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Your search for courses for 22/WI and with code: PHILTHEORY found 2 courses.

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PHIL 225.00 Philosophy of Mind 6 credits

Closed: Size: 25, Registered: 24, Waitlist: 0

Leighton 304

MTWTHF
12:30pm1:40pm12:30pm1:40pm1:10pm2:10pm
Synonym: 62192

Jason A Decker

What is the relationship between the mind and the brain? Are they identical? Or is there mental "stuff" in addition to physical stuff? Or perhaps some physical stuff has irreducibly mental properties? These, and related questions, are explored by philosophers under the heading of "the mind-body problem." In this course, we will start with these questions, looking at classical and contemporary defenses of both materialism and dualism. This investigation will lead us to other important questions such as: What is the nature of mental representation, what is consciousness, and could a robot have conscious states and mental representations?

PHIL 236.00 Proof, Knowledge, and Understanding in Mathematics 6 credits

Open: Size: 25, Registered: 16, Waitlist: 0

CMC 206

MTWTHF
10:10am11:55am10:10am11:55am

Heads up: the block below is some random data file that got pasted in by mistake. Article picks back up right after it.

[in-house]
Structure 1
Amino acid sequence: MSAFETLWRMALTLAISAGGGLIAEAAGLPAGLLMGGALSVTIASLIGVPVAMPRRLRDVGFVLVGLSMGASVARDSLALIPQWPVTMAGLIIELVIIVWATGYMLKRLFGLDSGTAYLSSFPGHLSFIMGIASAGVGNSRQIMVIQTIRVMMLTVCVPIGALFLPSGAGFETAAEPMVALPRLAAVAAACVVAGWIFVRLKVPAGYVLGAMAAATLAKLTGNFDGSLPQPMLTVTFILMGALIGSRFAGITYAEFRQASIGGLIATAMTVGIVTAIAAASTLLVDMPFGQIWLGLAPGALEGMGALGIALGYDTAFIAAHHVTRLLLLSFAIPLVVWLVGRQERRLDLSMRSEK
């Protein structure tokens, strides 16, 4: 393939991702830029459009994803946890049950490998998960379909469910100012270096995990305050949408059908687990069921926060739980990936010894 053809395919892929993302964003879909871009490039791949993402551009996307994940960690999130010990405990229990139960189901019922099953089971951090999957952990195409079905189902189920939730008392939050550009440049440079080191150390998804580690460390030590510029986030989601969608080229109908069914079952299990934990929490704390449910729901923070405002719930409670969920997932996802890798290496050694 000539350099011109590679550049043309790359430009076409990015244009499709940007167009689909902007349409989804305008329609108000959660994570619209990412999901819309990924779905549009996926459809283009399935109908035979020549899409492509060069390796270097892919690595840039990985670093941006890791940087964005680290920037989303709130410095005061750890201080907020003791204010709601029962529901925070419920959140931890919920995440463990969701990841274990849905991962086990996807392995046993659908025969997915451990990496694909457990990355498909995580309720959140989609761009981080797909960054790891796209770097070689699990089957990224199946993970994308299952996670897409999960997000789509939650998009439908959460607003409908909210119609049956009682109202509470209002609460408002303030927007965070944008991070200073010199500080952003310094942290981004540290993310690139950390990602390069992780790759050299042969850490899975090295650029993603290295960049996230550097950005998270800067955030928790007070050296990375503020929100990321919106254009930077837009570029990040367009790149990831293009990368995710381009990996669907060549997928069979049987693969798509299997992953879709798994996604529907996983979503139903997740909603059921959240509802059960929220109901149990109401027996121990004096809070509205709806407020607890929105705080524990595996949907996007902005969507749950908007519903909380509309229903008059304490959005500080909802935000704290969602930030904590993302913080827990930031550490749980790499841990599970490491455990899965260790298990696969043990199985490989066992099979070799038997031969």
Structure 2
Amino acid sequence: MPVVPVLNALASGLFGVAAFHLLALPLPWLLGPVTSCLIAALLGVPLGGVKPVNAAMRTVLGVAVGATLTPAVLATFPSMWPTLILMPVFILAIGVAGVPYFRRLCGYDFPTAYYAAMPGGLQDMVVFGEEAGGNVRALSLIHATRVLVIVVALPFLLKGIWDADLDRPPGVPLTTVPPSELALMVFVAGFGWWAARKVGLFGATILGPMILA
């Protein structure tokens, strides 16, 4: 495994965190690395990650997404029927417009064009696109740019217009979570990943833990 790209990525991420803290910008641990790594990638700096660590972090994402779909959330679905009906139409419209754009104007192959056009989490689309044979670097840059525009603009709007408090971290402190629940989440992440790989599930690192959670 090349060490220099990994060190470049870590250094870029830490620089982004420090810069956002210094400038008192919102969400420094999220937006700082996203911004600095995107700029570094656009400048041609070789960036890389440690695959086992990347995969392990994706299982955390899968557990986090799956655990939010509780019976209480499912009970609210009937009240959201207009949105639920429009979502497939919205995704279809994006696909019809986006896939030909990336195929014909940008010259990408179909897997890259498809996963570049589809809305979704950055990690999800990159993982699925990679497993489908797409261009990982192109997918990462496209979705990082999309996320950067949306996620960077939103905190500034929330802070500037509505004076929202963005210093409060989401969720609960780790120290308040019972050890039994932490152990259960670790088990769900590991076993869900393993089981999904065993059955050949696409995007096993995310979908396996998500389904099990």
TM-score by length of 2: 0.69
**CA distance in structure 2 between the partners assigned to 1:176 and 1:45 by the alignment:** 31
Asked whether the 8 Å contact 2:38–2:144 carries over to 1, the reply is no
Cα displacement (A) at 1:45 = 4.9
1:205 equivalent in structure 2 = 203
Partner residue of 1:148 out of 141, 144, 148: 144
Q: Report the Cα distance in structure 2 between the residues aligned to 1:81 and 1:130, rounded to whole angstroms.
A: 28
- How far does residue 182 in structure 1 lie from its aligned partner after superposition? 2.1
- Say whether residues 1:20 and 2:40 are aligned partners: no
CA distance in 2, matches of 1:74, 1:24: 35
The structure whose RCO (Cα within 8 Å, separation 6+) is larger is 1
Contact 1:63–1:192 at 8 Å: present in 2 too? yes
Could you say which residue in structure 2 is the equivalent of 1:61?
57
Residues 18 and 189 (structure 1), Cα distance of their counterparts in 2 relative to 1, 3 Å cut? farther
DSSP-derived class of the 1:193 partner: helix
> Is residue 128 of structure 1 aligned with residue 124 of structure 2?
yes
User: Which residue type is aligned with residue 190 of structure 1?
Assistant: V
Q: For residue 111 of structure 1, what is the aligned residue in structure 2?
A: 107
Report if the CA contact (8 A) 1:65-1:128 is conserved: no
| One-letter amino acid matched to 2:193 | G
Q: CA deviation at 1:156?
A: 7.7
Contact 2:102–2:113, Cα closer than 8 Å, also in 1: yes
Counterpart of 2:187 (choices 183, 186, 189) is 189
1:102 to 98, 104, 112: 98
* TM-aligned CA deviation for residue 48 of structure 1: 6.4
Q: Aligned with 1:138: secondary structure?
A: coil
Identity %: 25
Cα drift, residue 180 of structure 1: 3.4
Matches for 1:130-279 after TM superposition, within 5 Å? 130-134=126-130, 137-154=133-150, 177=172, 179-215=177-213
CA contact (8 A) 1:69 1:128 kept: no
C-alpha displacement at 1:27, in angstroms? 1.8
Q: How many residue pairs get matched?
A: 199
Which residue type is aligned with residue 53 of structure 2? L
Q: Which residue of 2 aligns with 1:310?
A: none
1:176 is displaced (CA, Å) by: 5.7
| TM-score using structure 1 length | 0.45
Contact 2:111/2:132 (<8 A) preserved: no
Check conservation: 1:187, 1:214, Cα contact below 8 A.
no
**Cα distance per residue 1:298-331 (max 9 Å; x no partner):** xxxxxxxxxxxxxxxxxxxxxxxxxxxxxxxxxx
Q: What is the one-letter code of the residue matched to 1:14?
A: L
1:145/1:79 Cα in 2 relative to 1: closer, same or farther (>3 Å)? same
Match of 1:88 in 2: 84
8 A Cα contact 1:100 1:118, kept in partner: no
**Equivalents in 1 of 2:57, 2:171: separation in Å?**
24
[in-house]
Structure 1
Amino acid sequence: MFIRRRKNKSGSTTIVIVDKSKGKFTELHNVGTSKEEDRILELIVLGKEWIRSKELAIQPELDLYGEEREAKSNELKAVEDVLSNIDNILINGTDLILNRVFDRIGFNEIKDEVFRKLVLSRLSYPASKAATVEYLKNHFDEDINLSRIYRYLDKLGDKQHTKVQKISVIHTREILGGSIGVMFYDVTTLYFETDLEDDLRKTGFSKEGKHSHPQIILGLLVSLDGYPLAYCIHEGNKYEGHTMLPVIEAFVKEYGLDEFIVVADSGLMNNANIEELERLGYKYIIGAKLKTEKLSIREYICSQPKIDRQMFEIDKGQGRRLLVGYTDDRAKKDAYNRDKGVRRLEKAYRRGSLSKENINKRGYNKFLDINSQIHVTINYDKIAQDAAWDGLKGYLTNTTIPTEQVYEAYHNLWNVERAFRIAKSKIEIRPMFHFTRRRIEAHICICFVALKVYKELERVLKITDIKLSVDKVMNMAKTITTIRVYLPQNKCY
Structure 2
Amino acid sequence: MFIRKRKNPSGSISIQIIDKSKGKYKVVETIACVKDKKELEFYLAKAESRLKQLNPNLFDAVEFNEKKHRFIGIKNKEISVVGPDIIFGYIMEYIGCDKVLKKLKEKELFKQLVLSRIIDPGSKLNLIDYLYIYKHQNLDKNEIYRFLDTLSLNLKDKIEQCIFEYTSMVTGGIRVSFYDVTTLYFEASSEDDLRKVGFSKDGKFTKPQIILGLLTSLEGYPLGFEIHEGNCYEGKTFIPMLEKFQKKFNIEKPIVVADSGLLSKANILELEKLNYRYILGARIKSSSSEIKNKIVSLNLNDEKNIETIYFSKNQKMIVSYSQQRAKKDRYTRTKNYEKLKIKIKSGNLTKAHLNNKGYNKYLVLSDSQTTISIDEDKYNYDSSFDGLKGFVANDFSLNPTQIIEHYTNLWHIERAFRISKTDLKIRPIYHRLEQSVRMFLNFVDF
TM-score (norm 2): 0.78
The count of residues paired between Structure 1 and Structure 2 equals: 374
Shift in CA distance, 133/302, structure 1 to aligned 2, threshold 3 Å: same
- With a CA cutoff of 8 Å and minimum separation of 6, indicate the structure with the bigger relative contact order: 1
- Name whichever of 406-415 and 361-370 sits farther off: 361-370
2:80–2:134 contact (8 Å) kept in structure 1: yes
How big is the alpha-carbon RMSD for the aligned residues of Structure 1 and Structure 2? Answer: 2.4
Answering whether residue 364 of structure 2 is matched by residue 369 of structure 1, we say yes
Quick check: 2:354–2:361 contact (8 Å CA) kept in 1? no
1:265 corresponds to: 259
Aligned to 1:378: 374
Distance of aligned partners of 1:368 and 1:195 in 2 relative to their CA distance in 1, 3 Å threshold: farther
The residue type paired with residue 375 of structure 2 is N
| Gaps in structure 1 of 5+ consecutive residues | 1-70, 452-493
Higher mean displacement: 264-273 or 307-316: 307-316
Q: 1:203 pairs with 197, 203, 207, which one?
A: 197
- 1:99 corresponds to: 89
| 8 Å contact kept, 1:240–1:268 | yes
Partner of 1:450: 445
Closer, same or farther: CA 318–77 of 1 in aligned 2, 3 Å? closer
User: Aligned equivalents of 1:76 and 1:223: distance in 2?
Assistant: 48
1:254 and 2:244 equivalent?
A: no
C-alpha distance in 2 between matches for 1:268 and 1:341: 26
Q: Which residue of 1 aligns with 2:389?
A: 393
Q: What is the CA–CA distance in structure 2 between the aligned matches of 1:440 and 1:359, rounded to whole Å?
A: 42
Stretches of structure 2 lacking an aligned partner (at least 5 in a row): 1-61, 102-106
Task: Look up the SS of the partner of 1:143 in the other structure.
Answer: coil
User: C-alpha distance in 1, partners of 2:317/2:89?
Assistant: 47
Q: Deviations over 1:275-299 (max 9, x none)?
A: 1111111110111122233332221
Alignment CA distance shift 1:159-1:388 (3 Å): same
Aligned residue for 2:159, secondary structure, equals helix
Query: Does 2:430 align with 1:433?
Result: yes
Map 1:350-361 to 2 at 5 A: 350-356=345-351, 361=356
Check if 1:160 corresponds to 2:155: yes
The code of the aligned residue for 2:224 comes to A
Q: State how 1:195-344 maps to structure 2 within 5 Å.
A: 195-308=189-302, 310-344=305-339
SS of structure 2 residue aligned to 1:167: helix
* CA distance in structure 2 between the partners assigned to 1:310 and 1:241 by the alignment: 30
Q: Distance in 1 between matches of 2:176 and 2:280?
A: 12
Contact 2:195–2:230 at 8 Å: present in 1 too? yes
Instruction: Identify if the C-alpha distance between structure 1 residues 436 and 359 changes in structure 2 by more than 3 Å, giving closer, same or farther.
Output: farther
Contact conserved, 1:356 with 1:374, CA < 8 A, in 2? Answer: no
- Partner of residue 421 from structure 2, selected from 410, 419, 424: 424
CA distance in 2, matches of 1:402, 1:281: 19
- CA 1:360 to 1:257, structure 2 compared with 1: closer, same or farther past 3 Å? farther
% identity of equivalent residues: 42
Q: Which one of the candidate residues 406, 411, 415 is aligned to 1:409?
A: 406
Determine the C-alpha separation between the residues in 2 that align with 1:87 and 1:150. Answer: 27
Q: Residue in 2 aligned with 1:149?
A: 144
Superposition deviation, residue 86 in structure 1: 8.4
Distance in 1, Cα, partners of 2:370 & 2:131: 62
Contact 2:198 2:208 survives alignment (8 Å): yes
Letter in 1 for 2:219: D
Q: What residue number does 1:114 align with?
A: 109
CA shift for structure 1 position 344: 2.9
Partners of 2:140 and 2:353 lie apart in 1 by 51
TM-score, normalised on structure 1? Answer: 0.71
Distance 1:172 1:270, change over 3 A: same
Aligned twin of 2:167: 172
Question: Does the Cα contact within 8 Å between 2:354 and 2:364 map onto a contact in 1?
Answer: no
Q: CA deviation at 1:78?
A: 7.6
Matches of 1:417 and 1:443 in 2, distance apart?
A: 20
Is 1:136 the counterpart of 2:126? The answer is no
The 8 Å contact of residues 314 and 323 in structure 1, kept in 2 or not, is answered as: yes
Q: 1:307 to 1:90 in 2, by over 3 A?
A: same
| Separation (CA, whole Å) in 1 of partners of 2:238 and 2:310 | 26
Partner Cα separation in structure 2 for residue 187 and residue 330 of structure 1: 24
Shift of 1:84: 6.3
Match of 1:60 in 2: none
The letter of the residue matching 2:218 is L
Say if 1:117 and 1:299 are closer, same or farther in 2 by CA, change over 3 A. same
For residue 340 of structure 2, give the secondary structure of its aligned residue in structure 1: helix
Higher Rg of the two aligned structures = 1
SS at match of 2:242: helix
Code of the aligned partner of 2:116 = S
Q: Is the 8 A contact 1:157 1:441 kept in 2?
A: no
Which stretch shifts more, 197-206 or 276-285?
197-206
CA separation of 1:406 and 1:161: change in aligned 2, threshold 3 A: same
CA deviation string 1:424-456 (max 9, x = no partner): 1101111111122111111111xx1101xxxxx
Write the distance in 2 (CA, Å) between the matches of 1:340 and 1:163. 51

Synonym: 62194

Douglas B Marshall

An introduction to the philosophy of mathematics focusing on the history and development of mathematical proofs. The course is organized around three central questions: i. What is the relationship between a mathematical proof and our knowledge of the theorem that it proves? ii. Do some mathematical proofs go beyond establishing the truth of their theorems and actually explain why the theorems are true? iii. How has our mathematical knowledge grown throughout history? We will first address these questions by reading and discussing Imre Lakatos's book Proofs and Refutations. We will continue with readings drawn from classic and contemporary sources in the history and philosophy of mathematics. This course has no formal prerequisites, though it does presuppose a willingness to read, assess, and write about mathematical proofs.  

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Requirements
You must take 6 credits of each of these.
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You must take 6 credits of each of these,
except Quantitative Reasoning, which requires 3 courses.
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